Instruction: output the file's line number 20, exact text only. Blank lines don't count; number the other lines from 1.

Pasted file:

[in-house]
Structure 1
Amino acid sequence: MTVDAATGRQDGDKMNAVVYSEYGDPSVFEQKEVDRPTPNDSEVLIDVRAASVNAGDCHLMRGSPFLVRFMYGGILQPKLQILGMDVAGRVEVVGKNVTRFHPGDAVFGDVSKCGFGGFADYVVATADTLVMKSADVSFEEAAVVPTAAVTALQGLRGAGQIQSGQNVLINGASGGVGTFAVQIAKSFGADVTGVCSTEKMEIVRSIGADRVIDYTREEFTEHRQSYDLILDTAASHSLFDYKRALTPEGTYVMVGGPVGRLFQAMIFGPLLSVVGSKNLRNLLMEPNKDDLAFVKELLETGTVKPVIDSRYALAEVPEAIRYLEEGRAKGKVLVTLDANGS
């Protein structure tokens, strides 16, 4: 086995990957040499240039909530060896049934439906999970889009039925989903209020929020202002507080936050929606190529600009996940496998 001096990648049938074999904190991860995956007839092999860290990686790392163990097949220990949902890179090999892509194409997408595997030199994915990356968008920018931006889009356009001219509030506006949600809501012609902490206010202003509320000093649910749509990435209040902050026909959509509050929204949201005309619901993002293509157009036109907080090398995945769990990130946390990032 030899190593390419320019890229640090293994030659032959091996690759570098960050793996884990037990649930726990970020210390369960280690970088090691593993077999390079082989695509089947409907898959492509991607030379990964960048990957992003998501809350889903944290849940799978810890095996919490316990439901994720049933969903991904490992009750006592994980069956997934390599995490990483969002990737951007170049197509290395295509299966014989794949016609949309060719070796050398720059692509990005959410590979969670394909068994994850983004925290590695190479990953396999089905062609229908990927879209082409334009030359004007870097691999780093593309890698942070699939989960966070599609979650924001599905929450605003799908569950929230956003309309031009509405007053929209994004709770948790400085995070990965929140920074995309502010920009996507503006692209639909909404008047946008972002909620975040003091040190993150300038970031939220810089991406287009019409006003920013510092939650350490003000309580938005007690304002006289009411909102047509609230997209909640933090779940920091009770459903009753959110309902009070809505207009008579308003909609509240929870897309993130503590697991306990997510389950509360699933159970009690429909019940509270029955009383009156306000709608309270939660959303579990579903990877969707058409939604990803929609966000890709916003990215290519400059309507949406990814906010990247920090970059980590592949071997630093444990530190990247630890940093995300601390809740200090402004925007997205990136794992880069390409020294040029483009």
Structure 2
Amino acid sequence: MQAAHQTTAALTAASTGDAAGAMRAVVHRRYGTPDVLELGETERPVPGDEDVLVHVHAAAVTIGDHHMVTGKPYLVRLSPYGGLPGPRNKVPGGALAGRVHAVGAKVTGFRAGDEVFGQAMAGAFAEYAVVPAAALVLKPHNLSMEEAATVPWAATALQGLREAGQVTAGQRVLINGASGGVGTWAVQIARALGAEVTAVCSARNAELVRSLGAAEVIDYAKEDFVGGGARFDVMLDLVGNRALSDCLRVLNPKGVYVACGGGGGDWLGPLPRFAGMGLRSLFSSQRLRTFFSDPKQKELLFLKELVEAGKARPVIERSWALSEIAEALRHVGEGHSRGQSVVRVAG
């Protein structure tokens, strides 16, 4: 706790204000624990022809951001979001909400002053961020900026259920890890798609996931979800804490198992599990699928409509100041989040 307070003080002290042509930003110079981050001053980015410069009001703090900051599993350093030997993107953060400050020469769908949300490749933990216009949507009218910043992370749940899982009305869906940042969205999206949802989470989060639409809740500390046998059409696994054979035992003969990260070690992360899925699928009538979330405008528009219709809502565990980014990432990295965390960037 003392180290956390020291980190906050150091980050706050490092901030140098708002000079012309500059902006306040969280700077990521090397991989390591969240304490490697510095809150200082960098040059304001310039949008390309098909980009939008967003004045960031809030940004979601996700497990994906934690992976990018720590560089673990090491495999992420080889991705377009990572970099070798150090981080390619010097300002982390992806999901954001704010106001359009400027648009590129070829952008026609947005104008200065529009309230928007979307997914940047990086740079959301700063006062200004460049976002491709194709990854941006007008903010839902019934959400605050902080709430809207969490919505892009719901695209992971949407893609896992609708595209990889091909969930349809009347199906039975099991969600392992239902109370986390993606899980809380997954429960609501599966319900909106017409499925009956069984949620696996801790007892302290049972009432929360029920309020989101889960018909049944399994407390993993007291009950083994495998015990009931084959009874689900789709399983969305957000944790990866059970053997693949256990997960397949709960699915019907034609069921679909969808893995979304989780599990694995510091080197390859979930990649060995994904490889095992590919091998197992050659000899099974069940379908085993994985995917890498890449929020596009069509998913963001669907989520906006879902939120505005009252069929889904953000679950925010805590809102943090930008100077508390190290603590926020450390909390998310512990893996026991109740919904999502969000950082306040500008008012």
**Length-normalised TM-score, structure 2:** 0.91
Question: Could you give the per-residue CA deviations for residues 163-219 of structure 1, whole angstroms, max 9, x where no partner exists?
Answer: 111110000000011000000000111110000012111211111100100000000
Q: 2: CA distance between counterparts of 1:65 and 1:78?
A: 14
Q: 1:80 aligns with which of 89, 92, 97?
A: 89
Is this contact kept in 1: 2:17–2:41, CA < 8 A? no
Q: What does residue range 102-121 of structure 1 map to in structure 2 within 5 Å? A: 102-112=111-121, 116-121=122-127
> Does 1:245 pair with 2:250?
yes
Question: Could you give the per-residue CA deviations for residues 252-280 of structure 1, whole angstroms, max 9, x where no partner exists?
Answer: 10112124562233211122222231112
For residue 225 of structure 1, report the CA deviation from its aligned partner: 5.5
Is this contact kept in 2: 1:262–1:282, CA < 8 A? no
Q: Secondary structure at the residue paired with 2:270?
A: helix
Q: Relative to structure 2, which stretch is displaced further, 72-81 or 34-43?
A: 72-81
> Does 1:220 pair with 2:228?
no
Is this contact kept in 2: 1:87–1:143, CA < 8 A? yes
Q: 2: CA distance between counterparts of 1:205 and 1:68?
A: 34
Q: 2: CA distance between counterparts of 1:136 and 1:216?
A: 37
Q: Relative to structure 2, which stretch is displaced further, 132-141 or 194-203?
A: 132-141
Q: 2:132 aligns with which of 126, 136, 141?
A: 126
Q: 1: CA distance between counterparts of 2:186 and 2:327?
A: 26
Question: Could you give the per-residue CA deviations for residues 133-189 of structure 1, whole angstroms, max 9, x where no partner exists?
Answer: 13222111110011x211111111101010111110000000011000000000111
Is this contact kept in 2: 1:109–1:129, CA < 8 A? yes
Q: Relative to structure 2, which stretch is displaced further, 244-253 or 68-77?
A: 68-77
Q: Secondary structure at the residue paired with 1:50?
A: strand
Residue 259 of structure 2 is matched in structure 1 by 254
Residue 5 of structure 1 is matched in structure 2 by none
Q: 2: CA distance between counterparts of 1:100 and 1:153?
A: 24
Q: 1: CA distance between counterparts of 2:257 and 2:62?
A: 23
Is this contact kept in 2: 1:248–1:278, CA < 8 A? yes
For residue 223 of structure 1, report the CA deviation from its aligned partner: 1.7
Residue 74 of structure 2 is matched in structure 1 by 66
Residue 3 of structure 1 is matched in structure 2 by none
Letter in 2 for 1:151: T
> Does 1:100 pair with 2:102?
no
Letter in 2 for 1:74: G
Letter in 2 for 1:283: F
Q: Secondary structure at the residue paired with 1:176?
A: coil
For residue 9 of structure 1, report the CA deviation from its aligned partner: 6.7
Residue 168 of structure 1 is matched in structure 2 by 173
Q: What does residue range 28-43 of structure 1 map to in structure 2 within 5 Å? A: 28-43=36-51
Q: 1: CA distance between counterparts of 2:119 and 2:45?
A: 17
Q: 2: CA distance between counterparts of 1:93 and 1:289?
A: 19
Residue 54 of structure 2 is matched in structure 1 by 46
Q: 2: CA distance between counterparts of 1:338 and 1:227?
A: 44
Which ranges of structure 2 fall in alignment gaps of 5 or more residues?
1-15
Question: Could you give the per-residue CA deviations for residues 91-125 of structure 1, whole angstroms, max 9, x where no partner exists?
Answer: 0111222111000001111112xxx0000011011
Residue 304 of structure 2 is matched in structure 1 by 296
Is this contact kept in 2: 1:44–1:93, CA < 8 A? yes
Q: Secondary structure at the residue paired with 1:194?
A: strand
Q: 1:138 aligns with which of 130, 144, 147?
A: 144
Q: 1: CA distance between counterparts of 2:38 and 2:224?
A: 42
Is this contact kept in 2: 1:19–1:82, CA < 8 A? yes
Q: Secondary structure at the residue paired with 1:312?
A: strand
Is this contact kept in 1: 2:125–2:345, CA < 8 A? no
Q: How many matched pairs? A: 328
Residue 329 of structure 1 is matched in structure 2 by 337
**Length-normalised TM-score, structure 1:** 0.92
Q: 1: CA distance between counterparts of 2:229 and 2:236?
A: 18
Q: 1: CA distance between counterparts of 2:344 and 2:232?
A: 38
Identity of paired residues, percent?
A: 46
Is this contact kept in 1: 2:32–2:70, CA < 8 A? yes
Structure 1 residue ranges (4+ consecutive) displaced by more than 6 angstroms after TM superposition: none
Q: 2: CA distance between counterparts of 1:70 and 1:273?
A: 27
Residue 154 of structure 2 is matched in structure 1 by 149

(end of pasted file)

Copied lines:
Answer: 10112124562233211122222231112